People might read this and say, ‘Hey, Joe, I thought you were an Eagles fan? Shouldn’t you support the team and not rip them like this?’ Trust me, I’d love to. I’ve been an Eagles fan all my life and my dad has had season tickets since 1995. There is nothing I want more than to see the Eagles win a Super Bowl. For the longest time I thought Reid would get it done, but he has made nothing but terrible decisions the past three years. And that is why they’re 3-3 going into the bye, with a home game against unbeaten Atlanta and road game against New Orleans looming. Certainly not because of Castillo’s failures.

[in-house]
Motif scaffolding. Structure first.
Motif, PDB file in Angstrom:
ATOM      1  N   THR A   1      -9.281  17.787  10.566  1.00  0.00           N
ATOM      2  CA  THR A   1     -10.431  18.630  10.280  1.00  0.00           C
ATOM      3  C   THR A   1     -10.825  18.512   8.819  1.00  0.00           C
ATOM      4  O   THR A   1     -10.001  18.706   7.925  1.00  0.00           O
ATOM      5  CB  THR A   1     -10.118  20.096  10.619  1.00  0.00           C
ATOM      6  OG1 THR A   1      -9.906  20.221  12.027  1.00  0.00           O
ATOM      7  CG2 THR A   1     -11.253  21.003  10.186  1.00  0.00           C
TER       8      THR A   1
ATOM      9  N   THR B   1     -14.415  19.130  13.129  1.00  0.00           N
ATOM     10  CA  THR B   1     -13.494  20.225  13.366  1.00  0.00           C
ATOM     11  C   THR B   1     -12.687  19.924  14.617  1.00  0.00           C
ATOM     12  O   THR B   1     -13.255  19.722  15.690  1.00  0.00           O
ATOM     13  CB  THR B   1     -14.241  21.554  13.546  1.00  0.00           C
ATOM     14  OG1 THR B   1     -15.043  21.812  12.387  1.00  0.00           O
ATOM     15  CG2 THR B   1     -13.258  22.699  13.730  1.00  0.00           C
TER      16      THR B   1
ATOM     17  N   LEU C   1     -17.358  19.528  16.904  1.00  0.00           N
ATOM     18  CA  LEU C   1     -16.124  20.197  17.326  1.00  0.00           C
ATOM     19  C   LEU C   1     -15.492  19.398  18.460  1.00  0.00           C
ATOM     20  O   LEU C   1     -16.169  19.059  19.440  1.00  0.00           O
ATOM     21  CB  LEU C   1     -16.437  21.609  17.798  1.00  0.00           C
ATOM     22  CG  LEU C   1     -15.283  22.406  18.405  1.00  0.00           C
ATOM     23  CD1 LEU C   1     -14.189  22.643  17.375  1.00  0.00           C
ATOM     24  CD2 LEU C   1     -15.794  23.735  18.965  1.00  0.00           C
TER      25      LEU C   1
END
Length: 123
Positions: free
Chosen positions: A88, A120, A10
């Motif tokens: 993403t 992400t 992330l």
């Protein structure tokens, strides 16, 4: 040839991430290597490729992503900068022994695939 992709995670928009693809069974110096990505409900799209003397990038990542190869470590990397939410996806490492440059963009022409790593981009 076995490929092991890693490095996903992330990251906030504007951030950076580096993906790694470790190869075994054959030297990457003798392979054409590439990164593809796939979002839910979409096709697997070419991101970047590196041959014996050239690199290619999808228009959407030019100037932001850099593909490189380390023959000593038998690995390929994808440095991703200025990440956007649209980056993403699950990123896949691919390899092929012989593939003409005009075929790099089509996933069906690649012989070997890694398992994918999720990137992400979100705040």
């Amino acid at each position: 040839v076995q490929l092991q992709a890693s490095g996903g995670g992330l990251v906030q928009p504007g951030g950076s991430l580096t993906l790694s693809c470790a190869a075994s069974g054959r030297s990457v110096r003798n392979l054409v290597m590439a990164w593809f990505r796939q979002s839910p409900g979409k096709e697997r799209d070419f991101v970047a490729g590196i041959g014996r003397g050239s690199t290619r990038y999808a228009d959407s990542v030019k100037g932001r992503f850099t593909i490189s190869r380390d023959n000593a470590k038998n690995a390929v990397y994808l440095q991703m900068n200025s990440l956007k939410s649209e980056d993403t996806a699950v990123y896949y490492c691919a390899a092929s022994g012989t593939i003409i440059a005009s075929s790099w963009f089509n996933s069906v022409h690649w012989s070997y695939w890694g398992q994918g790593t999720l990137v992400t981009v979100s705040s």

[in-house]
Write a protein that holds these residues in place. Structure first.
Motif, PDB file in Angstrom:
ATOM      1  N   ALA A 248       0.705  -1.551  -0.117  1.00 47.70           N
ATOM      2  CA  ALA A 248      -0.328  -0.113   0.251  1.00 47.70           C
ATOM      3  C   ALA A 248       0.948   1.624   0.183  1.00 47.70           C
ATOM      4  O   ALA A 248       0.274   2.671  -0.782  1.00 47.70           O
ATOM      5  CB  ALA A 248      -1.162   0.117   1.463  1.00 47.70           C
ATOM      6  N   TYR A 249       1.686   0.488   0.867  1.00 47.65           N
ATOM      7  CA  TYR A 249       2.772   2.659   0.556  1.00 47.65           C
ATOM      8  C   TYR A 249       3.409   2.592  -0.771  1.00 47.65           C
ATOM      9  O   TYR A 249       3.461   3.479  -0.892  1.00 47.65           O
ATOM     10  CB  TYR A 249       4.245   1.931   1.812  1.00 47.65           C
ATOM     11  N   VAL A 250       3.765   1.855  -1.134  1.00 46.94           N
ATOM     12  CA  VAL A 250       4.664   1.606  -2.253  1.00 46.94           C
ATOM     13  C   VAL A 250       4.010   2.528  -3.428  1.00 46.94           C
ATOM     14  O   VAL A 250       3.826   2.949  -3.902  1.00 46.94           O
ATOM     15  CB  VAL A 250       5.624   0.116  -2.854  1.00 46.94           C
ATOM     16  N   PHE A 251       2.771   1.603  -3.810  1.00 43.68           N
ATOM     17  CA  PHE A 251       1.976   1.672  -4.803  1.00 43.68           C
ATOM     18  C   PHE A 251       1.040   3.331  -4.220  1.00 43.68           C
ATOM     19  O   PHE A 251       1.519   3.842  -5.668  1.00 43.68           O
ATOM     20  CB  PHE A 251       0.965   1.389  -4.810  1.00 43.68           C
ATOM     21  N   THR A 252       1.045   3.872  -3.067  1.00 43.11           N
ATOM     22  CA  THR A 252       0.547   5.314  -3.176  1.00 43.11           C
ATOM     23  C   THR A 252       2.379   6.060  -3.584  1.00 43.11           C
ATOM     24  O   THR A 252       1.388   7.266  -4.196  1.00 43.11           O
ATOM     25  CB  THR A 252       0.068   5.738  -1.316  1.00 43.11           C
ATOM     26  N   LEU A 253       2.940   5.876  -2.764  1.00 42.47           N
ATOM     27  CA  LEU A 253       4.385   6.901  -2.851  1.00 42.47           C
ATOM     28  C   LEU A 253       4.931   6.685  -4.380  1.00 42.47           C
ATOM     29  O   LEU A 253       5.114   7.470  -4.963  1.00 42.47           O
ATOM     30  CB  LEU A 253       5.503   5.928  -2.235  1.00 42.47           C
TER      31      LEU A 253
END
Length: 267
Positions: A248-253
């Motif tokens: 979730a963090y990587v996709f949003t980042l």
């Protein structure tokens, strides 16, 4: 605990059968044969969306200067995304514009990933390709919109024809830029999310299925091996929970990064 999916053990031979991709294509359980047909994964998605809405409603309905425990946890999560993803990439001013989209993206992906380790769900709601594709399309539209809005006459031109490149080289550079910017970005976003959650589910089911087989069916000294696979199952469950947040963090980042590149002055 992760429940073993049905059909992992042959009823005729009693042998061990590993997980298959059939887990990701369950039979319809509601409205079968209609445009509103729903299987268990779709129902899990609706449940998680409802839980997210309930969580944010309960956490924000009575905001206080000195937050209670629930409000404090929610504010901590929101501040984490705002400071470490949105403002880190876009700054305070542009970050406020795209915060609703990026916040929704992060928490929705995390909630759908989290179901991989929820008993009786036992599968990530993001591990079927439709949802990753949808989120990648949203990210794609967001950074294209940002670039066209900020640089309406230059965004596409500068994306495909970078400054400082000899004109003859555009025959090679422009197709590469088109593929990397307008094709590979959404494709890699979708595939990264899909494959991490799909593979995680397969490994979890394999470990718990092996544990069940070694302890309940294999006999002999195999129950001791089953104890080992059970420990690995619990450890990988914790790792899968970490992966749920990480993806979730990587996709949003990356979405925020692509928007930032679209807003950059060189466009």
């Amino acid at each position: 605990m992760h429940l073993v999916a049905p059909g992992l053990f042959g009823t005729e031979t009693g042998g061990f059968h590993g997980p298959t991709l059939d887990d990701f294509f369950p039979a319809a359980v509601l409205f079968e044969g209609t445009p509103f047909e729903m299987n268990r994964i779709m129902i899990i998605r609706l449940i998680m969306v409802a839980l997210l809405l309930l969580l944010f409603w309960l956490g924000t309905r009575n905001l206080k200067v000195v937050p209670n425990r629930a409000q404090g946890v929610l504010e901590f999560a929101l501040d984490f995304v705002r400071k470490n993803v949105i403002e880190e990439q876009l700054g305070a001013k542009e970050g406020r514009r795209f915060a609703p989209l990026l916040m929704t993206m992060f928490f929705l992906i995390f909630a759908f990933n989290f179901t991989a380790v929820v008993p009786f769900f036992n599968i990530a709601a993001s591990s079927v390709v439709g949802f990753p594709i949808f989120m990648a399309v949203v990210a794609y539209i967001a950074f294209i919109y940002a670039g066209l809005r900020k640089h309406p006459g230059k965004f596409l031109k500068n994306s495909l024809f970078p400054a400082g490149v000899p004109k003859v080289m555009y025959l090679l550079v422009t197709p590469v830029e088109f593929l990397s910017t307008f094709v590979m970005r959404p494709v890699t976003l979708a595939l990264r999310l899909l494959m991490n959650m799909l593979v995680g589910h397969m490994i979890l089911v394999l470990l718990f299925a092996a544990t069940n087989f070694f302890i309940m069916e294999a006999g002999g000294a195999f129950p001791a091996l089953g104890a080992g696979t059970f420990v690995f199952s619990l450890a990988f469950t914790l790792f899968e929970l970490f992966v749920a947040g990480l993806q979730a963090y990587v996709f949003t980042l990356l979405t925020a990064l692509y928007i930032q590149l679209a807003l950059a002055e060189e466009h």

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    Joe Miegoc

    You can follow Joe Miegoc on Twitter @JoeMiegoc and you can e-mail him at jmiegoc@poconorecord.com. Joe has been at the Pocono Record since 2005 ... Read Full